Too many women get sucked into the mindset that burning a ton of calories is all that matters. So they mount a cardio machine and judiciously track the calories burned, as displayed on the machine. Or if they do perform strength training workouts their primary concern is “going hard” and accumulating as much fatigue as possible by performing dozens of exercises and keeping rest to a minimum.
The level of soreness or exhaustion they experience from the workout is what they use to determine whether it was successful. (“Wow, I am so sore today. That workout must’ve been incredible.”)
A proper strength training program doesn’t use exhaustion, soreness, or fatigue to gauge the success of the session. What matters is improving your performance, gradually. Adding more weight to the bar or doing more reps than last time is an empowering goal, unlike working out solely for the number of calories you “torch” during a 30-minute cardio bout or tiresome circuit training.
Forget about going to the gym “for the burn”: set performance-based goals like squatting your bodyweight or deadlifting 1.5 times your bodyweight, then start working toward them. If, for example, you work toward squatting your bodyweight and performing bodyweight chin-ups, your body will undoubtedly look different. And you’ll actually enjoy the process that leads to that outcome.
Enter the gym with the sole purpose of beating your previous workout performance. Last week you may have squatted 95 pounds for five reps. This week squat 95 pounds for six, or add weight and squat 100 pounds for five reps.
Here’s a sample progression for a workout that calls for 4×5-6 (4 sets, 5-6 reps):
- Week 1 – Squat 95x4x5 (95 pounds, 4 sets, 5 reps each set)
- Week 2 – Squat 95x4x6
- Week 3 – Squat 100x4x5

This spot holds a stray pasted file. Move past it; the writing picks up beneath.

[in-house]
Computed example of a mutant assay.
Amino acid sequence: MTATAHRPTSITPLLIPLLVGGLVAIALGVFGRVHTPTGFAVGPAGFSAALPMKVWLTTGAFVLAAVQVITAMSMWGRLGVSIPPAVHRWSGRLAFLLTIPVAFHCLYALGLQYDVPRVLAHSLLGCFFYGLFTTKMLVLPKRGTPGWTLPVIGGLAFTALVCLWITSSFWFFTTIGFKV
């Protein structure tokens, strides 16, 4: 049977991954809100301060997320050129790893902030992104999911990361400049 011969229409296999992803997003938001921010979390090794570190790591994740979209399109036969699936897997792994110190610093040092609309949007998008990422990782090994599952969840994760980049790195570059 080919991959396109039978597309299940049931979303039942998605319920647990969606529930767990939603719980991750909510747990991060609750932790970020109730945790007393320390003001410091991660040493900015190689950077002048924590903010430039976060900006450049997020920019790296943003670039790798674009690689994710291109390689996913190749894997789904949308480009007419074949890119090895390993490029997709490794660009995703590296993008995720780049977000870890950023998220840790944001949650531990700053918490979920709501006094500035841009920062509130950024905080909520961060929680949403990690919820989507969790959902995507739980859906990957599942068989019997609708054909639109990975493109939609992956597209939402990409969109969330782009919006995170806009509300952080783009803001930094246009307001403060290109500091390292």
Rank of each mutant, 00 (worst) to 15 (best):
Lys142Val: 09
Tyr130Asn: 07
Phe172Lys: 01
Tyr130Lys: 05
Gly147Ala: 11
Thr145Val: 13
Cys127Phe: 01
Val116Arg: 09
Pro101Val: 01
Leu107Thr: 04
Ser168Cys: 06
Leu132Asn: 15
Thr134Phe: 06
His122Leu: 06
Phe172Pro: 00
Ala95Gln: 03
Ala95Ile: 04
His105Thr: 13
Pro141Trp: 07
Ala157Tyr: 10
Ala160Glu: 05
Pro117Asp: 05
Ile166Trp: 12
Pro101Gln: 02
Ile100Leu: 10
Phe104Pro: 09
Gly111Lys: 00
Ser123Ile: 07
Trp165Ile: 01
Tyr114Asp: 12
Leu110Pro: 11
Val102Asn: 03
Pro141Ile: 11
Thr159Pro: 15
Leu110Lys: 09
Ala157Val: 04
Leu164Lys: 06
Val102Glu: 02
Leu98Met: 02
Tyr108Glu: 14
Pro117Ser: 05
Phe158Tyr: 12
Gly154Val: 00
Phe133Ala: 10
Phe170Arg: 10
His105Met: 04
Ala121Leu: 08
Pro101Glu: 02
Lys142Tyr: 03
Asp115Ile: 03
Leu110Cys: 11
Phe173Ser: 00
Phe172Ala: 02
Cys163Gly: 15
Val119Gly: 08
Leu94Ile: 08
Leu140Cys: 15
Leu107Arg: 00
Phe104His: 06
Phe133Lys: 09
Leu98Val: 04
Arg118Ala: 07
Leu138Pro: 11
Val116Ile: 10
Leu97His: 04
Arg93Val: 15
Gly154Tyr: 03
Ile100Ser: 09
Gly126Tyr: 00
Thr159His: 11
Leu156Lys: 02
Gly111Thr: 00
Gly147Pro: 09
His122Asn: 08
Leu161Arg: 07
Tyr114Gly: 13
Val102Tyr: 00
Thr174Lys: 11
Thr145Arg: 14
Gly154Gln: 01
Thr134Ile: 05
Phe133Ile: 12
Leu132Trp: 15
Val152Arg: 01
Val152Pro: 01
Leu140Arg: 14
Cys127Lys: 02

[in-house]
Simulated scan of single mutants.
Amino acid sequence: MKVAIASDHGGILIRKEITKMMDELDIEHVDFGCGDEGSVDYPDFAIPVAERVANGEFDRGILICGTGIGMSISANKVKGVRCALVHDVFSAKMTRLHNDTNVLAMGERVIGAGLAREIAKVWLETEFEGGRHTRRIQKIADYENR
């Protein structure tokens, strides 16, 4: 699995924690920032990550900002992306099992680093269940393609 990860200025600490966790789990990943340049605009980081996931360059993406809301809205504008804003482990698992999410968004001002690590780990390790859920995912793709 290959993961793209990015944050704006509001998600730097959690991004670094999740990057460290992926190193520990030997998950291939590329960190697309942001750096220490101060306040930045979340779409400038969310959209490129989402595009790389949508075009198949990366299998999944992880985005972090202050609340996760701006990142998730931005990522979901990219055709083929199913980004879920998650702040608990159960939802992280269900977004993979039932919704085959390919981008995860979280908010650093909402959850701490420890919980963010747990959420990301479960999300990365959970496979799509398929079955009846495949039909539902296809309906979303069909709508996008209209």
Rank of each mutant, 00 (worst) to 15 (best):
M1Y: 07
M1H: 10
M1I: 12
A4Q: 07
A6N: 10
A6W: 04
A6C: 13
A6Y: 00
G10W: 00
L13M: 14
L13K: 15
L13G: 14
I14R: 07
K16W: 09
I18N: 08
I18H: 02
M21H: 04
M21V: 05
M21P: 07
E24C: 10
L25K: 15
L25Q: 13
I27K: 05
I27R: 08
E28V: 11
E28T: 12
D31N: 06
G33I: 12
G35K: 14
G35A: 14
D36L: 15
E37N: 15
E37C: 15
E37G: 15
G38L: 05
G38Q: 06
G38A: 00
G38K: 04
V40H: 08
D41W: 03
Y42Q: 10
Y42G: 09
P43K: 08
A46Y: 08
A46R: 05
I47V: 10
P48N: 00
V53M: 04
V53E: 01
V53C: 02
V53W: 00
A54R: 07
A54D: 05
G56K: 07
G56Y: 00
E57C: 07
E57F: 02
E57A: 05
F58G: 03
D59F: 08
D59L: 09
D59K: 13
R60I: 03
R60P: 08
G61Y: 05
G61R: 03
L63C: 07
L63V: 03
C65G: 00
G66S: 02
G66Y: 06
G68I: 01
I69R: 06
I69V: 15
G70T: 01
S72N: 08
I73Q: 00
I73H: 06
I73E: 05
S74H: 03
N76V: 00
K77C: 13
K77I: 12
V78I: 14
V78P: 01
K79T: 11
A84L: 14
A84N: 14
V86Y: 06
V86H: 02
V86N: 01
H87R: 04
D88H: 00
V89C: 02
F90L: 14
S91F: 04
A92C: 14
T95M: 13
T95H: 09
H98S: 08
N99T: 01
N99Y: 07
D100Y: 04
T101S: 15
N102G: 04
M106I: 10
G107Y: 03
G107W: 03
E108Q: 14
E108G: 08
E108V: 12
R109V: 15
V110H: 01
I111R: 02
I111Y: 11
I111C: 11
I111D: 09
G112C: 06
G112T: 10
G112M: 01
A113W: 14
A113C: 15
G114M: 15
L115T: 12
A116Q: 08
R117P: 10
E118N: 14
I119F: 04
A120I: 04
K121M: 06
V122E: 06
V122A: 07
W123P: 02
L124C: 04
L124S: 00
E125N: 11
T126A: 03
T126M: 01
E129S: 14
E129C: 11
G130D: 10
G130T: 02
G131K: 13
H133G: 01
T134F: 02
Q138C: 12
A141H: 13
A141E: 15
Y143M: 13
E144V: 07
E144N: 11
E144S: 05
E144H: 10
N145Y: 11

- Week 4 – Squat 100x4x6
The double-progression method was used in this example: use the same weight until you reach the high end of the rep range, and then increase the weight the following workout and return to the low end of the rep range.
Focus on improving your performance – getting stronger – and you’ll build a stronger, leaner, healthier body.
4. Stress Relief
You know those days we all experience, where one thing after another just doesn’t go as we expected. Your alarm didn’t go off, the dog puked on the rug (is that a Lego?), you spilled coffee on your blouse on the way to work, and a coworker called in sick leaving you to pick up the extra workload.
Finally, the day is almost over. Time for some barbell therapy.
Strength training is a great way to alleviate stress – to forget about the things that went wrong earlier into the day. You can pour that energy into training. That’s the beautiful thing about strength training: when you’ve got a heavy barbell on your back, you can’t think about anything other than getting it out of the rack, setting your feet, getting a big breath, holding your back rigid, lowering under control, and then squatting back up once you hit proper depth.
Training is your alone time. What you do for you. For your sanity.
5. Leading by Example